These are WONDERFUL, GIFTED students. You know, just because you come from a different country doesn't mean you aren't brilliant. It doesn't mean you can't read - just that it doesn't come naturally in English! It doesn't mean that you don't have high morals. Many of those students have better work ethics and bigger hearts and more respect than many naturally born American students. If anything, they are a huge factor in showing 'our' kids what it means to appreciate a better life and to appreciate the chance at an education. They often come from places where they've seen loved ones assassinated, killed by natural disaster, oppressed by a controlling regime, and they come to America, the land of the free, and prove to our children that there is HOPE if you work hard. How is that not worth paying a little extra for? Grow up, people. I'm not saying we shouldn't close Hillcrest or that it is above any other school - just that people ought to quit saying such ridiculous things about the ESL population in Lawrence.
And by the way, THEY pay the same taxes YOU do.

February 24, 2010 at 9:35 p.m. ( | suggest removal )

Lawrence school board president suggests possibility of closing schools

It's hard to believe that some childless people still complain about their taxes paying for the education of other people's children. They may be other people's children, but they are YOUR future leaders, scientists, engineers, lawyers, and health care workers. I'd rather MINE be educated, but maybe that's just me.
And while I don't exactly love No Child Left Behind, I can assure you that teachers are NOT forced to hold back until every child gets it. We are professionals and most of us are quite capable of teaching to the child, when the child is ready. We know how to adapt each lesson - same content, different methods, different approaches, different tools. We don't leave ANYONE behind. Instead, our focus is to know where EVERY student is at and push them to grow as much as possible - whether they come from another country, have any disability or are 'gifted'. And to that end, many of us work WAY more than 8 hours a day or 10 months a year. We aren't glorified babysitters, and some of us don't complain about the pay, because we knew what we were in for when we chose this profession.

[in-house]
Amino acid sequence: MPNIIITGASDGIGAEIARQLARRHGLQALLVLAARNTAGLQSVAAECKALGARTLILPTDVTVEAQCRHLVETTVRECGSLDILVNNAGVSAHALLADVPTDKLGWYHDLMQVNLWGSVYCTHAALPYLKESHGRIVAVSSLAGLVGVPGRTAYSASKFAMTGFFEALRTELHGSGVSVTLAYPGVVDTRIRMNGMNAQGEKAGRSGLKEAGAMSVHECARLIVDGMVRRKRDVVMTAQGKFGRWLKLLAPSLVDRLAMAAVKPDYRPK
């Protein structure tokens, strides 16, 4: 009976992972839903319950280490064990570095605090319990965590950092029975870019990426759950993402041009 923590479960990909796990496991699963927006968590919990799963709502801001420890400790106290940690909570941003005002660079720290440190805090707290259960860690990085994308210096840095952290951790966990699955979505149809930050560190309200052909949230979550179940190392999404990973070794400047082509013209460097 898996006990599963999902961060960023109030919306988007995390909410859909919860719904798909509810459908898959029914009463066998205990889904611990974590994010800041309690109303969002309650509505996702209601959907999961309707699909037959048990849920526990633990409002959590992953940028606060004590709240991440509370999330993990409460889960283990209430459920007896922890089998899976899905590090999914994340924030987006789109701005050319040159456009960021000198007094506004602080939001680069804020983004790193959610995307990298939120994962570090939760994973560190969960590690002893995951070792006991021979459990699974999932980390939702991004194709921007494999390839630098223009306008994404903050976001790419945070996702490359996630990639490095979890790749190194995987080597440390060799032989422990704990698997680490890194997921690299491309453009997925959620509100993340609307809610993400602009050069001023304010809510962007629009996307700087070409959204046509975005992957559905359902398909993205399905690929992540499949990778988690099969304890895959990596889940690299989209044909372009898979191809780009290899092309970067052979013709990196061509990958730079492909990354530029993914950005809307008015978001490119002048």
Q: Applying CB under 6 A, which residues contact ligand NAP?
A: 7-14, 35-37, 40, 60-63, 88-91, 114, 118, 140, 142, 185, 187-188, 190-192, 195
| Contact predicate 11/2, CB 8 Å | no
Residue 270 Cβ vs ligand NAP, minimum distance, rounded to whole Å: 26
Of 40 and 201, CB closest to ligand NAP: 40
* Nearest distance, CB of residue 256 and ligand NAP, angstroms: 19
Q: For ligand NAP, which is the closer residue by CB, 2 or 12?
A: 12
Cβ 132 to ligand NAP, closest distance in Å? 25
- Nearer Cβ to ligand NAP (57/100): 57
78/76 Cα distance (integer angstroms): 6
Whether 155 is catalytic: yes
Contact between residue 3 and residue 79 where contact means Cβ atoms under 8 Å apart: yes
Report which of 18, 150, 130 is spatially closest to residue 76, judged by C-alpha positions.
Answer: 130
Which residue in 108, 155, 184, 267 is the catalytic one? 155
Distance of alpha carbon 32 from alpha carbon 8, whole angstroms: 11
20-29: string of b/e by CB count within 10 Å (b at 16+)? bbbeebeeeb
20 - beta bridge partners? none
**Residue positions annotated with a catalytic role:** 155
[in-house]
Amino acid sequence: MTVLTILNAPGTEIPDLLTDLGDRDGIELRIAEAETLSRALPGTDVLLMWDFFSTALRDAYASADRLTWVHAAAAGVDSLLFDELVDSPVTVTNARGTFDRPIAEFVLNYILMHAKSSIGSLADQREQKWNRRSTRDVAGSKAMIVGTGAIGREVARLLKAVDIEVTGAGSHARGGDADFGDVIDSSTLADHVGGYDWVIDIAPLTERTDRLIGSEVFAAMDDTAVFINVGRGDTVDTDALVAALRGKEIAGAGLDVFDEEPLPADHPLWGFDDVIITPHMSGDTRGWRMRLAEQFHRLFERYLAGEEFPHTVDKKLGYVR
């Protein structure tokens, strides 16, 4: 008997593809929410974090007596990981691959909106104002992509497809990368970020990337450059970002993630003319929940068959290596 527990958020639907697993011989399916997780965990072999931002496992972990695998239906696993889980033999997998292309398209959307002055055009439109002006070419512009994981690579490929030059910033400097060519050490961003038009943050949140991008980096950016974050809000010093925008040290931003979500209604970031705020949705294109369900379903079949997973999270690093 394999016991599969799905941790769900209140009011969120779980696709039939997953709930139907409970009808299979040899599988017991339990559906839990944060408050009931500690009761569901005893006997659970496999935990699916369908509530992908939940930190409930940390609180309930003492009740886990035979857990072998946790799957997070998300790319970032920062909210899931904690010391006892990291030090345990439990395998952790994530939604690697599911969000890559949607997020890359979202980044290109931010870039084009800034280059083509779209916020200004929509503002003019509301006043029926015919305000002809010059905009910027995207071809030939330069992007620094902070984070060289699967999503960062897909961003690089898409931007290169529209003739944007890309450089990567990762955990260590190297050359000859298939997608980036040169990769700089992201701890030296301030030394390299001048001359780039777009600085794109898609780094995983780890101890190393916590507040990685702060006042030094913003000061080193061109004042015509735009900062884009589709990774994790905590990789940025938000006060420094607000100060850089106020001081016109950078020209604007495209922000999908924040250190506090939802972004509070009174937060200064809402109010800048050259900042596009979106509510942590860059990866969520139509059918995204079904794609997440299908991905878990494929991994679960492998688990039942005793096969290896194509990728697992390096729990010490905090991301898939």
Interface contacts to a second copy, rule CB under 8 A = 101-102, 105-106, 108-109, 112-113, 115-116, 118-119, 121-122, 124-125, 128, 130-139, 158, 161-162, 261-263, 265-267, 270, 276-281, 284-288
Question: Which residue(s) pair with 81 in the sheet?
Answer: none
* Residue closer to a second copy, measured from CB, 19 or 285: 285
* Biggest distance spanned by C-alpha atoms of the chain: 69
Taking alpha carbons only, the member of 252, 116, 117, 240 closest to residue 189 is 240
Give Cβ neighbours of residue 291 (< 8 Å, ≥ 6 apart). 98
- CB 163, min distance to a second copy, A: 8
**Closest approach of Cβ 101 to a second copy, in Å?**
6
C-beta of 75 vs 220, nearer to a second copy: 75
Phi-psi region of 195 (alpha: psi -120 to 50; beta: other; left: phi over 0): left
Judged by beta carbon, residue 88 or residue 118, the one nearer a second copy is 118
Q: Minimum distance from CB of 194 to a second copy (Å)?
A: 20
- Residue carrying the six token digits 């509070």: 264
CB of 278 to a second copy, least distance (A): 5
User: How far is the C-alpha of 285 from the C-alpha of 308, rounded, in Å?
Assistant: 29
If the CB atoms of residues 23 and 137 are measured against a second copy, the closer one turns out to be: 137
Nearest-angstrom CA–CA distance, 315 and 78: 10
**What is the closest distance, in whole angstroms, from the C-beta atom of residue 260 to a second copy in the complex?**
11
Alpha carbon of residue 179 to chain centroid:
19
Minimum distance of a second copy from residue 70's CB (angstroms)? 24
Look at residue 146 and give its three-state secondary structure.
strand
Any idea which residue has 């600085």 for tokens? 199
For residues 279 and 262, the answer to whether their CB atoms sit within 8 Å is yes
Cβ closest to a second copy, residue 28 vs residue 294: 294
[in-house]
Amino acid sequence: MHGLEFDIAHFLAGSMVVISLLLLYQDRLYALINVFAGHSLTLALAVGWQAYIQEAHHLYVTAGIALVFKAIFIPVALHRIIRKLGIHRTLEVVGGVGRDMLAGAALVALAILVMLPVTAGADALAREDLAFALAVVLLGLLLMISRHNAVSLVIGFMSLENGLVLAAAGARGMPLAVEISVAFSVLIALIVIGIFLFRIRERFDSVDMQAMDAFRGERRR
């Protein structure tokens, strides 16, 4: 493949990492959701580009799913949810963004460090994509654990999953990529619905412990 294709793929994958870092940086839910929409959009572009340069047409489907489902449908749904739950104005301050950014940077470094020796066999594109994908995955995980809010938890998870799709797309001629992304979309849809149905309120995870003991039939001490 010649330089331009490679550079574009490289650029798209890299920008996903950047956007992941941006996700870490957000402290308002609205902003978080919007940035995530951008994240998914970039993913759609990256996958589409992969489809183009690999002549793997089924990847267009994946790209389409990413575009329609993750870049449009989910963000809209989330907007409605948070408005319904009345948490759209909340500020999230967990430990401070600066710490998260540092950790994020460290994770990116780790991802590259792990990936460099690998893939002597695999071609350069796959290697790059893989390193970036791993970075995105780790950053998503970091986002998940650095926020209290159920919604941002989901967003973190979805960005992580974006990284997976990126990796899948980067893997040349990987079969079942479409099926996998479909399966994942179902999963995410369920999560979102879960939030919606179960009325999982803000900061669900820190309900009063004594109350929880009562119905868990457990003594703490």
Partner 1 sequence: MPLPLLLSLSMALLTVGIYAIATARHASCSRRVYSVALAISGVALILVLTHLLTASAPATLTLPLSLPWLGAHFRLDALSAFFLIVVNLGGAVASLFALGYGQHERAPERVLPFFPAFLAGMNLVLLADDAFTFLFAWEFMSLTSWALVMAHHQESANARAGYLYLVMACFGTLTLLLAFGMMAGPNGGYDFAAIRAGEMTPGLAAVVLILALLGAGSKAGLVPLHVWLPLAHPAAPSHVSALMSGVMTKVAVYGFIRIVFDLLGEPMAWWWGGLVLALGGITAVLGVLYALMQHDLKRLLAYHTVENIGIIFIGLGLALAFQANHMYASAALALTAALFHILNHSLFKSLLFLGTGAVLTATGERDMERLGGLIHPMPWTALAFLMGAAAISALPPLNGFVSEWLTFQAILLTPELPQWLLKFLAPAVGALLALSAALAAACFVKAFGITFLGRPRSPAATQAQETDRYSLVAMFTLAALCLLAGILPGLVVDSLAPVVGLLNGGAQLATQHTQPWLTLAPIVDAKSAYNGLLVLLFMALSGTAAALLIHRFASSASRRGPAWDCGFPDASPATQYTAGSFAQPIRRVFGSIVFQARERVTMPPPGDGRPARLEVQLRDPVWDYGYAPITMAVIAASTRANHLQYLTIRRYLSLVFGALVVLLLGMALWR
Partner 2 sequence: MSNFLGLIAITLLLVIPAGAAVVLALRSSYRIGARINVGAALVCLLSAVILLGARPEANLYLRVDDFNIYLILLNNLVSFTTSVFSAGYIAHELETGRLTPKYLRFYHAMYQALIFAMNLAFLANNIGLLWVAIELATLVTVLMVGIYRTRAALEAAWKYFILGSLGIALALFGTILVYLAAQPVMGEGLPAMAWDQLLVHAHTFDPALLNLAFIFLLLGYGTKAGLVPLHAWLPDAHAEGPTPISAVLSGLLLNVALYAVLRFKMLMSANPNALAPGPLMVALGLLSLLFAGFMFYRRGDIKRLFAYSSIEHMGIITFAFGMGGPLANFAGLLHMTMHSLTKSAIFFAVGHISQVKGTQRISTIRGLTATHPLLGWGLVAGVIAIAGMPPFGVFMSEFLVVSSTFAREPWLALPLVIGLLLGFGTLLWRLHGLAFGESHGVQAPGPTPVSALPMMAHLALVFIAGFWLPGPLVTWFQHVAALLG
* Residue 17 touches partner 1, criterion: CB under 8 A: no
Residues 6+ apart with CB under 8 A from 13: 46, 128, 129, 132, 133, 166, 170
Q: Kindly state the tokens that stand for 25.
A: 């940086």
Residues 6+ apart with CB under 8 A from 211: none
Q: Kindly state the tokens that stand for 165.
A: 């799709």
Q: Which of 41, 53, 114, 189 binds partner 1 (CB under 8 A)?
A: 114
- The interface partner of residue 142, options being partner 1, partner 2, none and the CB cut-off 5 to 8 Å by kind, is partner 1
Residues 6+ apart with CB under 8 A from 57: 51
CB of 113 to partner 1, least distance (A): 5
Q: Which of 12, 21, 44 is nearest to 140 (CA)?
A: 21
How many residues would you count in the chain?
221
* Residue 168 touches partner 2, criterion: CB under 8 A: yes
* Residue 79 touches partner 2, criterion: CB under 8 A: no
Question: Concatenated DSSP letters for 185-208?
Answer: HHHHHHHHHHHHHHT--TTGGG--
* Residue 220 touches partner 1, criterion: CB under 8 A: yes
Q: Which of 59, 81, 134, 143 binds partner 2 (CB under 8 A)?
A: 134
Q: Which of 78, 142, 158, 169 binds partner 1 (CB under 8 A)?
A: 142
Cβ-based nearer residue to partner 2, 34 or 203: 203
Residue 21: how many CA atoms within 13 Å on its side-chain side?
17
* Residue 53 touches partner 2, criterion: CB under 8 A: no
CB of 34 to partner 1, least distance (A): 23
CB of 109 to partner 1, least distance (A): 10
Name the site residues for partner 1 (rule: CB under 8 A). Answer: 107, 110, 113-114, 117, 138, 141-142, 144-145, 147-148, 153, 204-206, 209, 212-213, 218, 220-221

November 17, 2009 at 10:38 p.m. ( | suggest removal )

Adopting support: Couple pushing through international system for Ethiopian orphan

Some of you clearly have no experience in the adoption area. After a long time investigating adoption possibilities here in the U.S. and also trying to adopt a baby that someone ASKED us to take in, we found many, many snags and finally abandoned our hopes of having a child. One state doesn't work with another, many states' legal processes preclude each other, quite a few agencies want to make a killing off of their clients, and there doesn't seem to be a trustworthy clearinghouse of information. The system is a mess, and I don't blame people for going outside the states. As for adopting older children or children with special needs, it takes a strong person with knowledge and commitment to do so - why blame everyone in this world for not feeling that they are up to the challenge? I agree it is sad that people in the United States don't reach out more, but maybe if we would all be a little more caring and support other programs, we could avoid leaving so many of our children without parents in the first place.

July 20, 2009 at 7:22 p.m. ( | suggest removal )

Beekeeper keeps generating buzz

YEA, Anthony and family!! Kudos to a deserving family who has long shown Lawrence what it means to stick together. Great work and a superb example of what one young man can accomplish with a little help from his friends.

July 13, 2009 at 7:07 a.m. ( | suggest removal )

Spelling bee champ repeats

If you knew Isaac, you would realize he not only has STAGE presence, but presence everywhere he goes. He truly is one awe inspiring kid. Congrats, buddy!

February 8, 2009 at 1:14 p.m. ( | suggest removal )